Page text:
A few months ago, Washington Redskins owner and textbook asshole Dan Snyder filed a libel suit against Dave McKenna of Washington’s City Paper for this A-to-Z guide to why Dan Snyder is,…well…, a textbook asshole. Why anyone on the eastern seaboard, or the U.S. in general, would give this guy a dime of their money is beyond me. Some highlights:
“Bankrupt Airline Peanuts: What Snyder was selling to fans at FedExField. During the 2006 season, vendors offered shelled nuts in royal blue and white 5 oz. bags adorned with the Independence Air logo. Problem: The airline had gone under about a year earlier. The supplier told Washington City Paper that it stopped shipping the airline’s nuts “before Independence Air went out of business.” A spokesman for the Peanut Council told City Paper that to prevent rancidity, the recommended shelf life of a foil bag of out-of-shell peanuts was “about three months.”
“Hill, Pat: Down-on-her-luck 73-year-old grandmother—and five-decade Redskins season-ticketholder—who was sued by the Redskins in 2009 because she could not afford to keep up payments on the 10-year, $50,000-plus club seats contract she’d signed.
“Knott, Rene: D.C. sportscaster who in 2000 was forced to do live reports from the Redskins Park parking lot while peers filmed inside the practice facility. Knott’s employer, WJLA-TV, was the only local network affiliate that did not pay Snyder to become a “media partner” of the team.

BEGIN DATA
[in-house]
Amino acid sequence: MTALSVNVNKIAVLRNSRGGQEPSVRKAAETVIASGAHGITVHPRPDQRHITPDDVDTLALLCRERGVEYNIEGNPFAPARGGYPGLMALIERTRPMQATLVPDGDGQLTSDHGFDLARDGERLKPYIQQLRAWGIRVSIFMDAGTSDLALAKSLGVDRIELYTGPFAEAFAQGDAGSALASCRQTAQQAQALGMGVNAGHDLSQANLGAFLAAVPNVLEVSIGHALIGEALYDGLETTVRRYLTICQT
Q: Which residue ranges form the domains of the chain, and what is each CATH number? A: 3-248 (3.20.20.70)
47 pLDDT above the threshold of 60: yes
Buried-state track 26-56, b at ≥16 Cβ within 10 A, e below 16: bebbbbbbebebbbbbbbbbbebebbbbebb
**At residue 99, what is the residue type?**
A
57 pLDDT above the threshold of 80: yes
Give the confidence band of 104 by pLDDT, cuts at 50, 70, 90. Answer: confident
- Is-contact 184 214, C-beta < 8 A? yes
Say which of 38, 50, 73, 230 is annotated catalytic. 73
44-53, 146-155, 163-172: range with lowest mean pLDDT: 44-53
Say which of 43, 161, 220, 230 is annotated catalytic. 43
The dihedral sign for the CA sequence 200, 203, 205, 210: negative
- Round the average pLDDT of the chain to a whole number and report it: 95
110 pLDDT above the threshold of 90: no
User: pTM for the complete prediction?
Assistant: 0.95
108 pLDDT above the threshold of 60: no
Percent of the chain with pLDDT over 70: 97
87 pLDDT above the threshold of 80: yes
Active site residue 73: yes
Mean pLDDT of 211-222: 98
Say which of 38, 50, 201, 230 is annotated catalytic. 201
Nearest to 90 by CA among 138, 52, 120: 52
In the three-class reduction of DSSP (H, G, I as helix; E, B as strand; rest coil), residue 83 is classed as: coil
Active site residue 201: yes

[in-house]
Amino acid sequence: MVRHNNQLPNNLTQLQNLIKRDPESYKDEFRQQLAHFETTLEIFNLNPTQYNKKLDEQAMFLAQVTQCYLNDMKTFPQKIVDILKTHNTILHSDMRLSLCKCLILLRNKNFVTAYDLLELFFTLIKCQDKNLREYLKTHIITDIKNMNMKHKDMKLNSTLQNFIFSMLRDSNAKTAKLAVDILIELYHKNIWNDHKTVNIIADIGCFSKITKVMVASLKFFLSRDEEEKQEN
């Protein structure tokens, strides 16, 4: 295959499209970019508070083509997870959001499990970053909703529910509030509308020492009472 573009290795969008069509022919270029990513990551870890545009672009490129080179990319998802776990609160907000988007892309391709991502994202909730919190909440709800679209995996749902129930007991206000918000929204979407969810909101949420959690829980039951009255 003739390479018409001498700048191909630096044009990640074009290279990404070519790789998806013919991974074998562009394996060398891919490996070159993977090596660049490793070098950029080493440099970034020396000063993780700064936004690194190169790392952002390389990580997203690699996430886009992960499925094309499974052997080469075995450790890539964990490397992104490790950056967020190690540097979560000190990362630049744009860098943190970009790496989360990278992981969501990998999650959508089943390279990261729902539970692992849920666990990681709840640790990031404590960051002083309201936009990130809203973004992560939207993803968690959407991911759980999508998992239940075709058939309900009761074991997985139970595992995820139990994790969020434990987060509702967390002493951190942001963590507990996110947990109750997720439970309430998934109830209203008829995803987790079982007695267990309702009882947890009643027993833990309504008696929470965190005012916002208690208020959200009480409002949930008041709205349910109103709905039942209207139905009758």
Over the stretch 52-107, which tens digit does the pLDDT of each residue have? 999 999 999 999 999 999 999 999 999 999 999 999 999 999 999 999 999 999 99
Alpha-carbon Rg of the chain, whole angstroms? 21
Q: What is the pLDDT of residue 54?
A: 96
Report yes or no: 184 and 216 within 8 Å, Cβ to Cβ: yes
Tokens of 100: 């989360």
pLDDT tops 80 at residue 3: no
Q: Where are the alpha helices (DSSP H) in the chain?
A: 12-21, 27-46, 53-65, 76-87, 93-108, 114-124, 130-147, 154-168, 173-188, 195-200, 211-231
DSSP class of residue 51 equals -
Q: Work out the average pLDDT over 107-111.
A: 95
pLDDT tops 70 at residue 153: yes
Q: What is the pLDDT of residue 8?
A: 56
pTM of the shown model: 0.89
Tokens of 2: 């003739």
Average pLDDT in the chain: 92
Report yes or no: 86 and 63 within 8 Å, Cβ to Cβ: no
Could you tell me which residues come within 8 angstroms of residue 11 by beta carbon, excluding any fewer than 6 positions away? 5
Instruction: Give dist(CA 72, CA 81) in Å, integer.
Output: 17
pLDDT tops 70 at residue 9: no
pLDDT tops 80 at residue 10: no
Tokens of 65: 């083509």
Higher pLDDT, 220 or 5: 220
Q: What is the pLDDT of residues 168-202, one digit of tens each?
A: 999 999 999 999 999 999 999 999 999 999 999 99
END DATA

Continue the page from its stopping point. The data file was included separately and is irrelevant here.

“Labor Laws: Something Snyder has had trouble with. In 2006, Snyder was sued by a former nanny, Juliette Mendonca, who told a Montgomery County court that when she pointed out she was being shortchanged and asked for proper recompense, Snyder screamed, “I pay you more than my Redskins Park people! I can’t afford to pay you like this!” The court ordered Snyder to pay Mendonca $44,880. In 2008, Snyder faced a lawsuit from a group of FedExField ticket office employees who weren’t being paid for extra hours. The team argued that the Redskins ticket office wasn’t covered by standard overtime laws, citing a 1932 exemption for “amusement and recreation employees” in the federal Fair Labor Standards Act. The exemption, however, was meant to cover lifeguards and greenskeepers, not office employees. Snyder settled the suit with the employees earlier this year. James Rubin, a Montgomery County attorney who represented the ticket sellers, says that he was shocked to learn during the case that Snyder now requires all employees to sign a document waiving their right to sue him “as a condition of employment.”
“Market Segments: How Snyder viewed cancer patients and diabetics during his marketing days. In a 2000 interview for a PBS show called CEO Exchange, Snyder told host Jeff Greenfield that his business depended on coming up with “$5 million niches” that he could sell goods and services to. Asked for examples of his methodology, Snyder said, “We were looking at trend lines. We saw that the aging baby boomer demographics were coming on strong. That meant there’s going to be a lot more diabetic patients, a lot more cancer patients, etc. How do we capture those market segments?”